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The question of how to power a vehicle is a core issue for designers and developers of personal transportation. Ever since Dutch physicist Christian Huygens began to experiment with the internal combustion engine in the 17th century, the problem of a suitable fuel has vexed designers, inventors and engineers.
Huygens tried gunpowder; Switzerland's Francois Isaac de Rivaz combined hydrogen and oxygen in 1807; France's Nicholas Cugnot employed steam in 1769; Siegfried Marcus of Austria designed an early gasoline engine in 1864, an idea that culminated in for a gas-fueled car in 1886.
Electricity was also a viable power source for early automobiles. In the 1830's, Sibrandus Stratingh of the Netherlands began the development of electric vehicles. Though their development came later than that of combustion-powered cars, electric carriages caught on quickly and even outsold gasoline-powered cars in 1899.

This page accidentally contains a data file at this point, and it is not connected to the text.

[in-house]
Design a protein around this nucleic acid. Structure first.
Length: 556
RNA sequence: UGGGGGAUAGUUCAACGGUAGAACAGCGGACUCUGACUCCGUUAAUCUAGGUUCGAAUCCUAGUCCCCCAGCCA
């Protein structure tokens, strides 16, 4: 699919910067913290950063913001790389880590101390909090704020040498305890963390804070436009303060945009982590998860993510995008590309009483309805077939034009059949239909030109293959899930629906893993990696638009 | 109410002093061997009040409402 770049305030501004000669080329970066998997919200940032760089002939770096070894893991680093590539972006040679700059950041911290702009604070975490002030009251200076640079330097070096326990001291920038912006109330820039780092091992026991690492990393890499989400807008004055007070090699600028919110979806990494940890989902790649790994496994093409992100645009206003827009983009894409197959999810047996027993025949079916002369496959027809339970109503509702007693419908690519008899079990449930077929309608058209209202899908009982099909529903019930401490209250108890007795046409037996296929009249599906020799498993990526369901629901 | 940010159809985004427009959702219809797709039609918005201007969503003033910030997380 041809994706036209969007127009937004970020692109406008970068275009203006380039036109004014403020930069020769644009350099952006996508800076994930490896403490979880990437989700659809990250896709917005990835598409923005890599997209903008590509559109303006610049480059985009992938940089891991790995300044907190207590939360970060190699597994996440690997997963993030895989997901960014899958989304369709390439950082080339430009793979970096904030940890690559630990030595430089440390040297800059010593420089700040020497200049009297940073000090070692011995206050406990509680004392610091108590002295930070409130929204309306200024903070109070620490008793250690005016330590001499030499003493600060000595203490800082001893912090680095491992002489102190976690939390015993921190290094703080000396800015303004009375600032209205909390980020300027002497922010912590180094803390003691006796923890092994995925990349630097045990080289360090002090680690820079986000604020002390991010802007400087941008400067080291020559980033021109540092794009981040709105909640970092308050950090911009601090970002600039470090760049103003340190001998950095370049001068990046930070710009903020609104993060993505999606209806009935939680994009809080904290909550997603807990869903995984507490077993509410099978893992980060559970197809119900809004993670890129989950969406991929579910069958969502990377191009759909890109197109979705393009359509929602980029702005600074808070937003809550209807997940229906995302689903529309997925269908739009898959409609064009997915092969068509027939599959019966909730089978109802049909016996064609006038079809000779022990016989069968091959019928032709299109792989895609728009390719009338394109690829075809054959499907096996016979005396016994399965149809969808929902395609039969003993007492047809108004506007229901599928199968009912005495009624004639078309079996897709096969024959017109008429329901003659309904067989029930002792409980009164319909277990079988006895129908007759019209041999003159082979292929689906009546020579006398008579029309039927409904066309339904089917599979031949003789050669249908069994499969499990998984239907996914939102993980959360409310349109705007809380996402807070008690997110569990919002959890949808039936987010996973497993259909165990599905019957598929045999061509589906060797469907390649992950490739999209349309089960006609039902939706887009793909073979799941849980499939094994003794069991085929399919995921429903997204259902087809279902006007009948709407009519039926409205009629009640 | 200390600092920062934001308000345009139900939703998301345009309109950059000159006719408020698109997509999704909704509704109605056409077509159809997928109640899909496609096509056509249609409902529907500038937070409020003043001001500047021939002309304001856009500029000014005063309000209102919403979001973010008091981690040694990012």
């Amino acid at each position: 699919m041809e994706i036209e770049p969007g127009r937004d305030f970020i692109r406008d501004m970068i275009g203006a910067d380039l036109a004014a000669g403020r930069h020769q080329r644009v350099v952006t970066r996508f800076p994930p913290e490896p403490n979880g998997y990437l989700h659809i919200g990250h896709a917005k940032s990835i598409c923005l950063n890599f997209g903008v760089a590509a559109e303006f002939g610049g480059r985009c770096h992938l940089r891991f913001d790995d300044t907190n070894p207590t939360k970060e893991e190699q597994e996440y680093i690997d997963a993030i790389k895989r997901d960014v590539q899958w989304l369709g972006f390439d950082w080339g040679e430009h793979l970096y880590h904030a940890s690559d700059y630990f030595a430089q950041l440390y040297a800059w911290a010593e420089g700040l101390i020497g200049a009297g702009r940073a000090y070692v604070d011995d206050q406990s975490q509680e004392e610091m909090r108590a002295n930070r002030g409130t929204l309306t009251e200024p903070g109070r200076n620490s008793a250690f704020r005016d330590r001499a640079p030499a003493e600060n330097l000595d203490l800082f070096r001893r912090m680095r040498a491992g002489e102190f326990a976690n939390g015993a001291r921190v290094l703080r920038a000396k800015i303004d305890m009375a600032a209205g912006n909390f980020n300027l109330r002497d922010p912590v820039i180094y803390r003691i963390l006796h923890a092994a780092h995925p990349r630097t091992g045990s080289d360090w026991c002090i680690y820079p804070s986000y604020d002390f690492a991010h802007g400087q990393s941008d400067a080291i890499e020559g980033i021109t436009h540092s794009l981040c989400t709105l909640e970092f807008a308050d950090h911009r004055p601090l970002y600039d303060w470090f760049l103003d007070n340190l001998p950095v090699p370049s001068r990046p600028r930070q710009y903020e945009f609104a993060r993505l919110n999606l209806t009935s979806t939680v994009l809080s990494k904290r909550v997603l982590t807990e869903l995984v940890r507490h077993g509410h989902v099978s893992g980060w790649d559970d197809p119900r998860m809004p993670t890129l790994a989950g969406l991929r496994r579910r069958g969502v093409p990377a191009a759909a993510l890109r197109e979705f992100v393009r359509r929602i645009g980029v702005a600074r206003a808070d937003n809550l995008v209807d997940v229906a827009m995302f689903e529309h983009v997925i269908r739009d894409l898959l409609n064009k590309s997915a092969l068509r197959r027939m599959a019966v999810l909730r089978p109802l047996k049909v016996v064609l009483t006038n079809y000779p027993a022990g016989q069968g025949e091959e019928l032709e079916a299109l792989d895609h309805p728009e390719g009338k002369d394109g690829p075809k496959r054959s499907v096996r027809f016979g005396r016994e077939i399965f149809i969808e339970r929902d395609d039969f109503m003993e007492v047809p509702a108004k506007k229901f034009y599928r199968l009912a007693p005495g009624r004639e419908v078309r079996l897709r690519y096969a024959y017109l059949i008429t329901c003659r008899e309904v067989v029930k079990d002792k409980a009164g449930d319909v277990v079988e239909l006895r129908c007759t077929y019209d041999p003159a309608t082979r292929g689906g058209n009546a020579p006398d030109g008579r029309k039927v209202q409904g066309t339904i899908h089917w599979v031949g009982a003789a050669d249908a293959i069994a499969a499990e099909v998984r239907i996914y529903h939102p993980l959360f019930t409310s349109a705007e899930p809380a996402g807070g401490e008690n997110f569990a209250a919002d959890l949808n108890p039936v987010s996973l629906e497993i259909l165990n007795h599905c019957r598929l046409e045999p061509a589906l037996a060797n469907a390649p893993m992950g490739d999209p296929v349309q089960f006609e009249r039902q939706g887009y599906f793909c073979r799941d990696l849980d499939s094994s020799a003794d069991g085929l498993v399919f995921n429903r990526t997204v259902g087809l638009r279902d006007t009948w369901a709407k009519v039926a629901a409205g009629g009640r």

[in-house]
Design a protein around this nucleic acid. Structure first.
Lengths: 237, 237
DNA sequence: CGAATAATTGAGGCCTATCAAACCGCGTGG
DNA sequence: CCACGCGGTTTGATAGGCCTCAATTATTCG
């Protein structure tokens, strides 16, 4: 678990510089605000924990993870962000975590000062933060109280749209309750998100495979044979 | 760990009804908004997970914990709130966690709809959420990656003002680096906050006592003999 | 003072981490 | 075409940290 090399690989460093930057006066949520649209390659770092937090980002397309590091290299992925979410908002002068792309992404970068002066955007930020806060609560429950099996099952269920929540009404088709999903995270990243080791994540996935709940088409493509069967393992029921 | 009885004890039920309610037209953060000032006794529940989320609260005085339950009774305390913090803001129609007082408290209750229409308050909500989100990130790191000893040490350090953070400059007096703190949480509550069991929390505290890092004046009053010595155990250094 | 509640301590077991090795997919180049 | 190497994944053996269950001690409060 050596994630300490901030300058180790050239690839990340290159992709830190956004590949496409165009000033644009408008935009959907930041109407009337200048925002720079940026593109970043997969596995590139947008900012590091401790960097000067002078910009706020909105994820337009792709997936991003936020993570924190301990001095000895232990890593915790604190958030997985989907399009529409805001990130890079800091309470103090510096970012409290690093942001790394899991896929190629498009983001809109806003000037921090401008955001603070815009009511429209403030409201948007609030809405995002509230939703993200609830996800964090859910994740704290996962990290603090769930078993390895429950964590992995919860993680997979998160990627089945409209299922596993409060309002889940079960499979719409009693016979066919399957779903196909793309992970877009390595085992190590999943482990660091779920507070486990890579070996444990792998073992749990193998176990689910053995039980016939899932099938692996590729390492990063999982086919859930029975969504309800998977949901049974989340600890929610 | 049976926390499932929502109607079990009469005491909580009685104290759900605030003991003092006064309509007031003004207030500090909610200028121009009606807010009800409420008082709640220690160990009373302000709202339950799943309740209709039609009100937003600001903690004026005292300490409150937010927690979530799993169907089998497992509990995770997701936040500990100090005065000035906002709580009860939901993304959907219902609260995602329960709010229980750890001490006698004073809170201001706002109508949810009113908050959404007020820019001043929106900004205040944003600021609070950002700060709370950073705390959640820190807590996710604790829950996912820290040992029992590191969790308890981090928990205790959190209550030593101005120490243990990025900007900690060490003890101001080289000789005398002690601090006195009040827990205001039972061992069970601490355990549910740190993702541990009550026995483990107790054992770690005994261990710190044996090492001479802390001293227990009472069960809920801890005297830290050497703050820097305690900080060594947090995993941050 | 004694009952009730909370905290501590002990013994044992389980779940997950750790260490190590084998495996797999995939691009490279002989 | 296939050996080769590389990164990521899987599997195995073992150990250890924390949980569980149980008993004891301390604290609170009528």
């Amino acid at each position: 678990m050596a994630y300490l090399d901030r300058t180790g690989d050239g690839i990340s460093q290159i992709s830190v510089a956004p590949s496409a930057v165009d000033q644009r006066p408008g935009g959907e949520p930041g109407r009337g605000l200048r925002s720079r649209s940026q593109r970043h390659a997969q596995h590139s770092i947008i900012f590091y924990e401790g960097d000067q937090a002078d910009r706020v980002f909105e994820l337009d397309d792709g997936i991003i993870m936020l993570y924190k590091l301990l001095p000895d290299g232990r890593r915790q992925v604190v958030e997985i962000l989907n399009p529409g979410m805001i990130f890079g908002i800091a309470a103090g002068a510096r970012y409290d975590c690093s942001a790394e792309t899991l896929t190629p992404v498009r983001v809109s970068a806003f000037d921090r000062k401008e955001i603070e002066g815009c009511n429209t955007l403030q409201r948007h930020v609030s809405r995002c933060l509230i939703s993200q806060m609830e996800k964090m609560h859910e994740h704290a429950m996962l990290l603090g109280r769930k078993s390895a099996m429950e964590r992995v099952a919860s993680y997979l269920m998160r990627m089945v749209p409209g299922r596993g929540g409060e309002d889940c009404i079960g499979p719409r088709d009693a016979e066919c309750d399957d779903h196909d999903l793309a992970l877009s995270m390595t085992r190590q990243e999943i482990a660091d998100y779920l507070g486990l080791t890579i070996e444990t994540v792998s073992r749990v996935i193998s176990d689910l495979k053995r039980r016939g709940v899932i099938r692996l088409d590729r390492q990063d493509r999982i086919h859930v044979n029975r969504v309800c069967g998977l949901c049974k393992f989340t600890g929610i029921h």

All of these pioneers employed the well-established concepts of gears, wheels and drive shafts but struggled to find a fuel that was combustible but not explosive, portable yet powerful, and, perhaps most importantly, widely available and affordable.
Today's automobile designers face the same obstacle. The cars of the future, for the most part, will require a transfer of power from a motor to wheels that roll on the ground. The question of fuel, however, looms larger than ever, as environmental degradation and oil scarcity push innovation like never before.Photo by John Nyboer
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